Preserving the health of the population, maintaining fiscal discipline and creating a new model of economic growth should be on the government’s desk from the first day of its term. One important argument for that is also the fact that the cost of servicing Serbia’s public debt, totalling about 60% of GDP, is higher than the cost of servicing the French public debt, which exceeds 100% of GDP.
Preserving the lives and health of citizens is the main mission of the Government while the health crisis lasts. When the epidemic is brought fully under control, the Government will have to face several important economic challenges, three of which I will single out here: 1) restoring the budget balance that has been destroyed; 2) increasing public investments, particularly in neglected areas like health, education and environmental protection; 3) advancing institutions, i.e. improving the rule of law and curbing corruption.
The Government should reduce the fiscal deficit in 2021 from the current level of 7-8% of GDP to around two per cent of GDP. This would halt the further growth of public debt and restore the country’s fiscal stability. Reducing debts is important because Serbia has to borrow at double the interest rate of developed Europe – i.e. the cost of servicing Serbia’s public debt, which totals about 60% of GDP, is higher than the costs of servicing France’s public debt, which stands at over 100% of GDP. Experiences from the previous crisis (2009) also highlight the importance of quickly establishing fiscal stability after a crisis. Delays in implementing fiscal consolidation (which was only implemented in 2015) led to a decade of low economic growth during which other countries of the Central and Eastern European region (CEE) outpaced Serbia in terms of economic development and the population’s living standards.
It is necessary to finally complete the reconstruction and construction of four large clinical centres and increase the procurement of health equipment in order to make up for the shortfall that Serbia has in relation to comparable countries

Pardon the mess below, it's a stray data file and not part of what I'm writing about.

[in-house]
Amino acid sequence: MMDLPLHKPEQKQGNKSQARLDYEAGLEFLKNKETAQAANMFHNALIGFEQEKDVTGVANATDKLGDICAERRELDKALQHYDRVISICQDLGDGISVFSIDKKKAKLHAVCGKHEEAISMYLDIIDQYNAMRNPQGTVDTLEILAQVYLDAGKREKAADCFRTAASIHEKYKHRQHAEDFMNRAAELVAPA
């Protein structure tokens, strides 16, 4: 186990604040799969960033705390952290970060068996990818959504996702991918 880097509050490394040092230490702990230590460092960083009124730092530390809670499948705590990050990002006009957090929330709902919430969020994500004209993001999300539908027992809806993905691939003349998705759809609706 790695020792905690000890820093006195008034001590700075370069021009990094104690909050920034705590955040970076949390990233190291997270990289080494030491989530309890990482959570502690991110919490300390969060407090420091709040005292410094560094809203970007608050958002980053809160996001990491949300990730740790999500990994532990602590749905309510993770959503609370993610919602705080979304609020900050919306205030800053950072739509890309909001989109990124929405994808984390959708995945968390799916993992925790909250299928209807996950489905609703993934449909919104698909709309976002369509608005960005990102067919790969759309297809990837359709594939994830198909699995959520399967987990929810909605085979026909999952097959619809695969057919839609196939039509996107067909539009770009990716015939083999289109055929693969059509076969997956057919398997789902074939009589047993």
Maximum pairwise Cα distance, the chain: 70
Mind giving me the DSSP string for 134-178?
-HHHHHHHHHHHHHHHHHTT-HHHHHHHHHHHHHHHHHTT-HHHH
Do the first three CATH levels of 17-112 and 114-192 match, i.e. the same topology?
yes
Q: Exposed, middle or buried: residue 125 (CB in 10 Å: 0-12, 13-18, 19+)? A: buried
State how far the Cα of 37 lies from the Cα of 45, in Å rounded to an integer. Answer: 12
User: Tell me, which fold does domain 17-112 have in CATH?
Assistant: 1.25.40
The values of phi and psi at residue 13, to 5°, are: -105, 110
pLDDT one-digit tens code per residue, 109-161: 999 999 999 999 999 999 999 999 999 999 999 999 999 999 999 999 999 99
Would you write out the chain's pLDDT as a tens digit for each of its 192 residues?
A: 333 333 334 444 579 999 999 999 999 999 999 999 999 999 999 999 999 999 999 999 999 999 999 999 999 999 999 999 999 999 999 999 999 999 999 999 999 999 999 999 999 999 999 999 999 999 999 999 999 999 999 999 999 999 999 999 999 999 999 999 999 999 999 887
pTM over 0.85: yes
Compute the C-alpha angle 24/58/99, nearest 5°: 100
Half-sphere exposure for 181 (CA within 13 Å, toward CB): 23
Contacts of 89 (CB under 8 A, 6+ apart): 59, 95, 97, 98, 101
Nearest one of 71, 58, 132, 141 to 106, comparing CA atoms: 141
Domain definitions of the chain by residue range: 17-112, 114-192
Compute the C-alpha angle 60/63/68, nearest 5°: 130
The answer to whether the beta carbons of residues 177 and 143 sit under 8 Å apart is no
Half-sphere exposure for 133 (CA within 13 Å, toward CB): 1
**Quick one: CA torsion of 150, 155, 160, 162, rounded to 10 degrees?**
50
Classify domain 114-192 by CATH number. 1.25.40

In the years ahead there should be an increase in public investment, given that it effectively stimulates economic recovery. A great need for this also exists in particular areas where investment has been insufficient over the years (health, education, environmental protection). The current crisis has shown what a major mistake it was not to place healthcare high on the list of state priorities. It is thus necessary to finally complete the reconstruction and construction of four large clinical centres (funding for which was secured back in 2006) and to make up for the shortfall that Serbia has in relation to comparable countries by increasing the procurement of health equipment.
The new government must reconsider the existing economic growth model, which isn’t sufficiently efficient at present. Serbia is overly reliant on individual projects and foreign investors, and not relaient enough on the systematic development of the domestic private sector. Of course, it is commendable that Serbia has been a record holder in attracting FDI in the CEE region over the previous three years. However, the initiatives of a large number of domestic entrepreneurs are even more important for the sustainable and stable development of any European country. The research that we’ve conducted shows that corruption and the insufficient level of adherence to the rule of law are the main hindrances to the domestic private sector. That’s why the long-term prosperity of Serbia requires the building of institutions that are professionally strong and independent, which must be one of the priorities of the new government.